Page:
Getting Started with Google's New Photos App - Hawkdive

Monday, June 8, 2015

Getting Started with Google's New Photos App


Battle of the Photos- New Google Photos

Google and Apple have built homes in the cloud for your photos, making it easier to sync and find them on all your devices and to tweak the ones that need retouching.Once you’ve backed up your photo library to the service, all your photos and videos, including any new ones you take, are synced among all of these devices automatically.

In April 2015, Apple released Photos for iOS, Mac and the Web—a smart way to get us to pay for iCloud Drive storage. Then a couple of week later, Google dropped big news: Google's Photos app for Android, iPhone and the Web would store all of your photos and videos free of charge.

There are many other free cloud photo storage options despite similar names and talents, picking one isn’t as easy as you think. Sure, you could choose based on what devices you own and how much you are willing to pay for cloud storage. But even if you own an iPhone and money is no object, Google Photos is a better choice for all but serious photographers. It combines the company’s unmatched search smarts with everything I’ve ever wanted in a photo service, while making it incredibly fun to relive old memories.Here is a comparison of few very famous cloud picture storage options.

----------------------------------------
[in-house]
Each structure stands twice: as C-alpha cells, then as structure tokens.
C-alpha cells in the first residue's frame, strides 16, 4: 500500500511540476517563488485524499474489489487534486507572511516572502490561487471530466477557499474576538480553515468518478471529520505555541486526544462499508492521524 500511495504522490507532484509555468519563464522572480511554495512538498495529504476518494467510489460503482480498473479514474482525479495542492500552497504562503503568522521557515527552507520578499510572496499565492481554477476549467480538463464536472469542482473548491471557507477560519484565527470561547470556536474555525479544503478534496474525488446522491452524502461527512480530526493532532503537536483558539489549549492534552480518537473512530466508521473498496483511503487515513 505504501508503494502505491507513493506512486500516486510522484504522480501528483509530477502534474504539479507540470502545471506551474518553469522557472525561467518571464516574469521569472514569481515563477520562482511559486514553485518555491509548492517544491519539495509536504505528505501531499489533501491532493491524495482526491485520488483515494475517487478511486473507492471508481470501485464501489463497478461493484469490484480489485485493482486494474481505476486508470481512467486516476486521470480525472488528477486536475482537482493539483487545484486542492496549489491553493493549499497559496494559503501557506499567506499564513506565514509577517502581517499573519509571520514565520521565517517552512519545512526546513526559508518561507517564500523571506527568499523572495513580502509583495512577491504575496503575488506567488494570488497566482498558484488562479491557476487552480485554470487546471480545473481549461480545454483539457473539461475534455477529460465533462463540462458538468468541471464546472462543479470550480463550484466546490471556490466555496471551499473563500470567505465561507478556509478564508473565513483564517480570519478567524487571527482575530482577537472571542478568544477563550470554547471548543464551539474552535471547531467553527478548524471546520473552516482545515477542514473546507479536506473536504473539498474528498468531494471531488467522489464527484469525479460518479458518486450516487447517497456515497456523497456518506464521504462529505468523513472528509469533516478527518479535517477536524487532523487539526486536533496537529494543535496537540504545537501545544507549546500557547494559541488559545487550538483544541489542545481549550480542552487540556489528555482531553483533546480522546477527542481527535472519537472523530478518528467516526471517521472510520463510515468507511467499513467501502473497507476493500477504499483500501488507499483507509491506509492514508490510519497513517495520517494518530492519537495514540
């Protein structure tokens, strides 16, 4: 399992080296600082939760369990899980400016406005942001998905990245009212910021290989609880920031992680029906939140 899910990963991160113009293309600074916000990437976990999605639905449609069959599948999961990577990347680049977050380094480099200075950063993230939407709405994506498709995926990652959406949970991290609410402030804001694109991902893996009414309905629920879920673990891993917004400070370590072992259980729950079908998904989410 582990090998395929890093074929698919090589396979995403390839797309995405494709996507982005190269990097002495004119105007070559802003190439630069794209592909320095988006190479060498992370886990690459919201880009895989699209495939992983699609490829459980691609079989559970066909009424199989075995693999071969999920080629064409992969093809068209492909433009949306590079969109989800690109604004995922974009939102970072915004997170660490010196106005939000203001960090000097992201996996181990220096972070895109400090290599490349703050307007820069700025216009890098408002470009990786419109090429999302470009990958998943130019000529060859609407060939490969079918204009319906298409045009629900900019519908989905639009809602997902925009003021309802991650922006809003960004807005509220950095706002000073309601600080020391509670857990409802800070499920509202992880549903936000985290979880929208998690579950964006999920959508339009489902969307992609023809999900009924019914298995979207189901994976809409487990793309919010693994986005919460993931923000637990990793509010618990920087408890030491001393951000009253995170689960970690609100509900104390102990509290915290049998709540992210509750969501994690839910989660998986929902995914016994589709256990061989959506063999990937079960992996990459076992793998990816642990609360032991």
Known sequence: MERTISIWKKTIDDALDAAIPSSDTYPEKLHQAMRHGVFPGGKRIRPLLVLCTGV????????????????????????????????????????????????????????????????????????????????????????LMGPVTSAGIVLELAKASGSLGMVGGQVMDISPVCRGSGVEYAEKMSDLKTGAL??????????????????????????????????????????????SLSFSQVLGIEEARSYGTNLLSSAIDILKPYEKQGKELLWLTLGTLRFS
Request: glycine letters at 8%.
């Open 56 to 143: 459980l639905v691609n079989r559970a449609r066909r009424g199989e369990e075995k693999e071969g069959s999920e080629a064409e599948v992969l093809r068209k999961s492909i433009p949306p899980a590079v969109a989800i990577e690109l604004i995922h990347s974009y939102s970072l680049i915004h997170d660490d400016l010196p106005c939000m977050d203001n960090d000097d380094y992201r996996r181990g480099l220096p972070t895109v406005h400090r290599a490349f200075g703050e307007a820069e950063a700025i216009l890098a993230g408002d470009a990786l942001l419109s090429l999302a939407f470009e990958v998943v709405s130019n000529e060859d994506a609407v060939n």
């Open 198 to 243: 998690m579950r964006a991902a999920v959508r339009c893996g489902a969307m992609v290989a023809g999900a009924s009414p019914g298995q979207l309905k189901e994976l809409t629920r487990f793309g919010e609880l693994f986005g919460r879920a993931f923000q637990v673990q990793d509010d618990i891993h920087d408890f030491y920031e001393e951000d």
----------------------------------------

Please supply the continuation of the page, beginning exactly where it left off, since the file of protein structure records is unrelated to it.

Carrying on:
Getting Started with Google's New Photos App
Comparison between Google Photos, iCloud, Dropbox, Flickr and Amazon Cloud
Google Photos gives your personal photos a comfy new home. Photos shared in Google+ remain part of your Google+ profile.It gave Photos users free, unlimited storage for pictures and videos at the highest resolutions used by average smartphone owners.

If you have thousands of photos, it could take many days to upload them all—regardless of the service you choose and even if you have a fast broadband connection to the Internet.

But like any free service, there’s a sacrifice in quality.Google compresses your images and downsizes any shots larger than 16 megapixels. I closely compared the original and compressed files, and though I could spot the differences when zoomed in, the compressed versions are still high quality enough for printing 8x10 photos or displaying on an HDTV. The services also compress video, and while files up to 1080p keep their original resolution, 4K or 5K video is downsized as well.So the maximum resolution of a picture you can keep as original without downsizing is 16 Megapixels and for video its 1080p which is the highest resolutions used by average smartphone owners.

Google Photos does have an option to keep full-res images just as they came out of your DSLR camera but that's counted against your limited storage of 15 GB for free account.If you want unlimited storage with full resolution it’ll just cost you. At the lower end, pricing is comparable: Google Drive costs $2 a month for 100GB and Apple’s iCloud Drive is $4 for 200GB. But if you’ve been shooting digital for a decade, you may need more capacity and that’s where Google beats Apple: $10 a month will get you 1TB from Google, but only 500GB from Apple. Apple’s first 5GB are free.

In Google Photos, you will need to choose the storage type for your account as shown in the picture and in order to do that click on the menu on the top left corner and select settings.


Getting Started with Google's New Photos App
Getting Started with Google's New Photos App